Rutland dad launches assisted dying legal challenge

  Posted: 10.07.19 at 16:59 by The Editor

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Phil Newby, a 48-year-old father of two with motor neurone disease, has today (Weds) issued his full claim to the High Court to review the law on assisted dying.

The legal challenge differs from the cases that have gone before by asking the High Court Judges to review and balance expert evidence for-and-against assisted dying in much greater depth than the English courts have ever considered previously.

Mr Newby, who moved to Rutland from Stamford in 2007, was diagnosed with motor neurone disease when he was just 43.

He is now unable to walk, use his hands or lower arms, but can still talk and his mental capacity is unchanged.

He said: “Today I am launching my legal challenge to the current law with its cruel blanket ban on assisted dying.

"By bringing this case I’m laying down the gauntlet, asking our most senior judges to examine the evidence on assisted dying in detail.

“I am hugely thankful to everyone who has helped me get this far.

"I need your help to keep going to the next stage, which is likely to be an oral hearing for permission.

"Many of those who have donated to support the case have direct experience of our outdated and cruel law.

"Reading the comments of supporters on CrowdJustice is both heart-breaking and stirring.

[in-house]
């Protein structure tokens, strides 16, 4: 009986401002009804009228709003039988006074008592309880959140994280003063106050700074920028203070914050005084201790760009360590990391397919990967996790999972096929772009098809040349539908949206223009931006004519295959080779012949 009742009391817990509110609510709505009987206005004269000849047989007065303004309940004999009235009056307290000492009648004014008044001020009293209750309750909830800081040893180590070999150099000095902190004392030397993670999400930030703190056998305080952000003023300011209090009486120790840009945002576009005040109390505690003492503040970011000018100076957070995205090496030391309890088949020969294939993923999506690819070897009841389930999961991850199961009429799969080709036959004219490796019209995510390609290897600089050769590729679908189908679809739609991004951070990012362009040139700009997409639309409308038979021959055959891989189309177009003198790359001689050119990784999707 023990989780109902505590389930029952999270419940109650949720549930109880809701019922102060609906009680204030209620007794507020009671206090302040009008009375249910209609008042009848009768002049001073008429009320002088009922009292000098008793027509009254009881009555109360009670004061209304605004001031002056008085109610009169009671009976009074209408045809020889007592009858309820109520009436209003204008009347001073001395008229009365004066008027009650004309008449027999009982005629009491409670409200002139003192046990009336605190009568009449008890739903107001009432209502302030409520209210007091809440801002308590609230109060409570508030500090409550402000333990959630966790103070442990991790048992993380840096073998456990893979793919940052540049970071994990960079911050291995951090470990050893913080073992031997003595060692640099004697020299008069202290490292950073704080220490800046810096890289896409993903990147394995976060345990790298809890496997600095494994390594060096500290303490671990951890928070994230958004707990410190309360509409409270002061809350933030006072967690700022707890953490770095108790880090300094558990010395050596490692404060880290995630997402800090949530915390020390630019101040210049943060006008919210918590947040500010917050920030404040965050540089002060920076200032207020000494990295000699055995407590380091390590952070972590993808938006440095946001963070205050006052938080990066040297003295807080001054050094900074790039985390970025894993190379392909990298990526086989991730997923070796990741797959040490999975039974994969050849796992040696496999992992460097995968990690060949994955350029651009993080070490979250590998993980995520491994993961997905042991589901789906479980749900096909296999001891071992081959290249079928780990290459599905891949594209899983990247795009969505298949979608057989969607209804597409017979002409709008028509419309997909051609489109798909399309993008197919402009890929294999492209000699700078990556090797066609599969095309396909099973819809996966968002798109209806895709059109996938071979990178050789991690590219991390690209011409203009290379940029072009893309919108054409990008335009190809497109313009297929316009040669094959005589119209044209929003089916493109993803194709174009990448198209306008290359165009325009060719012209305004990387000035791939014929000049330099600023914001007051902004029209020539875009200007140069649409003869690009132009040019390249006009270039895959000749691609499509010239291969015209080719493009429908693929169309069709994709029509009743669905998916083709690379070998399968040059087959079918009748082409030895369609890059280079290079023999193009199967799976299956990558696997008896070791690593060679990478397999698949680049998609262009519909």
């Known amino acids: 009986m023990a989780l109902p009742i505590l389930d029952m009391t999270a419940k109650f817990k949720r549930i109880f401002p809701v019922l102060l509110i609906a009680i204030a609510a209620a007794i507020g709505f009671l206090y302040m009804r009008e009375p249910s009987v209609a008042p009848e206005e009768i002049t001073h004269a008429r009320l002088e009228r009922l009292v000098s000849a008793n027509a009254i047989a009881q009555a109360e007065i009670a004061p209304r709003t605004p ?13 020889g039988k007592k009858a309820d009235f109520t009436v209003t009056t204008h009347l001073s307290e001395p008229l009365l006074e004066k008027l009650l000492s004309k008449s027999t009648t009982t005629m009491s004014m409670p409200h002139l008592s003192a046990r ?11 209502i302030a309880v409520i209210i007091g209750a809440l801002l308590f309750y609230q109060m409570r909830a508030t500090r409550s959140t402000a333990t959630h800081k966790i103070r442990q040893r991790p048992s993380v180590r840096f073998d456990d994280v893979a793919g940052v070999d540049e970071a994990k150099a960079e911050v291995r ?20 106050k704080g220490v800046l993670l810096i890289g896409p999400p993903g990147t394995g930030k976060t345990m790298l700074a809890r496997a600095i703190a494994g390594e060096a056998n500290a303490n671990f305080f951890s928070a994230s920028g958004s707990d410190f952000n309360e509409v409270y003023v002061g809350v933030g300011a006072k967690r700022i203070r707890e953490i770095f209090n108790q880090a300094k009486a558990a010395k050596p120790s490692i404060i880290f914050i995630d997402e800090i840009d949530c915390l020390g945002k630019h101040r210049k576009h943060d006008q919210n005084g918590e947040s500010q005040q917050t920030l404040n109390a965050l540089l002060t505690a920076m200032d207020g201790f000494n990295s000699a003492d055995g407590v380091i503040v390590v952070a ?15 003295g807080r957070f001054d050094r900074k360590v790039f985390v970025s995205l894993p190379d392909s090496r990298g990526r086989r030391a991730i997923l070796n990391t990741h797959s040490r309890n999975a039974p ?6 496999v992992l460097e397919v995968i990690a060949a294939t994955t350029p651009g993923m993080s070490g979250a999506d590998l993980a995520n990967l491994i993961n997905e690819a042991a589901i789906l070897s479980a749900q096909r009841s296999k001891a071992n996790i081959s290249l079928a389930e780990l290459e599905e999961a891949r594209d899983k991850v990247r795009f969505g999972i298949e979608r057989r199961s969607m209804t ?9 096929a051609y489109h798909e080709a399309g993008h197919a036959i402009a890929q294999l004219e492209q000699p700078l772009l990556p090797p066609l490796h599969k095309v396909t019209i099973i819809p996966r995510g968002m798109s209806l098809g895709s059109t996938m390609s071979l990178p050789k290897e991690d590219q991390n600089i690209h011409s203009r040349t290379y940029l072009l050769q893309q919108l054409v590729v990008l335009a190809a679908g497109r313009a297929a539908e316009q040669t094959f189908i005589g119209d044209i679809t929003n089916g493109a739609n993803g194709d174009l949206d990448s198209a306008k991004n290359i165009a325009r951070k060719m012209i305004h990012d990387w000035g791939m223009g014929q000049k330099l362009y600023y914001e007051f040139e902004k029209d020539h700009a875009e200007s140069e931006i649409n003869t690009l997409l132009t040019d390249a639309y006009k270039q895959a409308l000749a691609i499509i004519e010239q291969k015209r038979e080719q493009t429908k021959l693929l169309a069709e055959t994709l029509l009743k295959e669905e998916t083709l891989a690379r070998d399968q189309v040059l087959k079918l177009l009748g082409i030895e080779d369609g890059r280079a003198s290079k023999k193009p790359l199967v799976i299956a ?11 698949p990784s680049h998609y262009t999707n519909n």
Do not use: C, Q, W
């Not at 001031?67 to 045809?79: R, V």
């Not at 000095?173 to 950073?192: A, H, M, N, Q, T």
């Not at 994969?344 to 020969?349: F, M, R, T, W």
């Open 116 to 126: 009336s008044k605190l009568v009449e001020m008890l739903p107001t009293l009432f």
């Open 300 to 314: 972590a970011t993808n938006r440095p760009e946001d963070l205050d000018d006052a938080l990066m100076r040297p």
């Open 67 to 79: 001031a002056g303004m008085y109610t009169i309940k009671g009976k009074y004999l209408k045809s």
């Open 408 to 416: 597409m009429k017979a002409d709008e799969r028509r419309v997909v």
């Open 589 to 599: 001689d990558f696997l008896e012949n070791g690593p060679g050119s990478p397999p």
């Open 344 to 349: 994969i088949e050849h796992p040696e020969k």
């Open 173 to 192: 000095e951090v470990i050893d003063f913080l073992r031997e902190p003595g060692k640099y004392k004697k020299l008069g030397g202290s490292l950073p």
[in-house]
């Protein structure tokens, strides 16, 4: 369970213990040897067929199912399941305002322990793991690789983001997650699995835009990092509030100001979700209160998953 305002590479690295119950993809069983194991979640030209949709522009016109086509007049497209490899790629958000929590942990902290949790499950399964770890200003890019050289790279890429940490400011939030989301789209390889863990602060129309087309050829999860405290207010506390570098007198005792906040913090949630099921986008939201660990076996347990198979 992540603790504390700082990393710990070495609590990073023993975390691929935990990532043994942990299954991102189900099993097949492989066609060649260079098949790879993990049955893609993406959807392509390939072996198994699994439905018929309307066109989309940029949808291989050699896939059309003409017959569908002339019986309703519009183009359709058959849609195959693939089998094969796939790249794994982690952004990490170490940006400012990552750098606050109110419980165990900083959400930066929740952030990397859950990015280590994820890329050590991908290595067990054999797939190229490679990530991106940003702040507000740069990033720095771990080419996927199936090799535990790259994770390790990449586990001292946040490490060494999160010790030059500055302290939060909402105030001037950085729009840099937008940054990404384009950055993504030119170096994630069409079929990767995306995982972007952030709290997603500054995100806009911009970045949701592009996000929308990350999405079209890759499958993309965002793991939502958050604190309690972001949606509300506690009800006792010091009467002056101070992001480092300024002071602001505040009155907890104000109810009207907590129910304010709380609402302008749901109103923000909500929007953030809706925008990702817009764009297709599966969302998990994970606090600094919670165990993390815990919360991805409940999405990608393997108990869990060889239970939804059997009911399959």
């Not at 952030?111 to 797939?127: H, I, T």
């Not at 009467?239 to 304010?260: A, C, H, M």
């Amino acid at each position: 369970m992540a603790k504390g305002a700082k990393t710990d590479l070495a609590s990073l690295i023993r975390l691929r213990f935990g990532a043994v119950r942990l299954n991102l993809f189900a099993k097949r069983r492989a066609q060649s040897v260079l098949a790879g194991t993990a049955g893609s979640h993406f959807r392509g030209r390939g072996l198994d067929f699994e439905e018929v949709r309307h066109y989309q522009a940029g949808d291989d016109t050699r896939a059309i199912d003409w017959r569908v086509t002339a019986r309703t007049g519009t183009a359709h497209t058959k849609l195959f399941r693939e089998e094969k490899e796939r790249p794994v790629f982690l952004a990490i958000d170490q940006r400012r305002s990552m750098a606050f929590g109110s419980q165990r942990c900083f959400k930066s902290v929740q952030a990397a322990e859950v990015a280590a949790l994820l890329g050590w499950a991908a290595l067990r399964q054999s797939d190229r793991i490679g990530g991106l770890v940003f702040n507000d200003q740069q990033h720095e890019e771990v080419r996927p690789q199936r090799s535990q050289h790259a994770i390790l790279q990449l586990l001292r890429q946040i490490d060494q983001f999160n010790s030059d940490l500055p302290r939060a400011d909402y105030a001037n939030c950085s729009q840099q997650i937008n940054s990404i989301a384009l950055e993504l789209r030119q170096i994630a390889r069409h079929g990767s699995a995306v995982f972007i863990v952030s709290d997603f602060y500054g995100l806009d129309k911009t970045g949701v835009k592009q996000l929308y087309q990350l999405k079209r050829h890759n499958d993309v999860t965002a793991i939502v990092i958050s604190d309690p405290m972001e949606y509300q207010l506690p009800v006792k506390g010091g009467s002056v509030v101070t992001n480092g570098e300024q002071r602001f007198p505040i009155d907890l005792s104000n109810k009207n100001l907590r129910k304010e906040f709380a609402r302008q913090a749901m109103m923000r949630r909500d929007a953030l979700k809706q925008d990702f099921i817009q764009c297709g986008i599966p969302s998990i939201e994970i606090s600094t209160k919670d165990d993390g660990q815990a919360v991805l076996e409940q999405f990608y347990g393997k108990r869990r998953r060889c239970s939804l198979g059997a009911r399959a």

"Like me, some are staring into a bleak future where no choice exists for a dignified death.

"Others are the traumatised loved ones of terminally ill people who felt they had no option but to end their own lives.

“I sincerely hope that I can have a full and proper hearing to consider all the issues and that this will be another important step towards changing the law.”

Mr Newby's crowdsourcing appeal to raise legal funds took just five days to hit an initial £20,000 target and is already nearing £30,000.

Assisted dying in England and Wales is outlawed under the Suicide Act 1961.

He is campaigning for the right to decide when his life is 'no longer bearable' and to end it with dignity.

Currently, he say his options are 'to starve, suffocate, or face the trauma of trying to end my own life'.

The proposed court case follows a similar approach to that used in the case of Carter v Canada, where the judge examined evidence, called and cross-examined expert witnesses. This case directly lead to Canada legalising medical assistance in dying in 2016.

Financial support from the public is vital to cover legal costs and court fees.

To support Mr Newby's campaign and contribute to the fundraising appeal click on the red button below.

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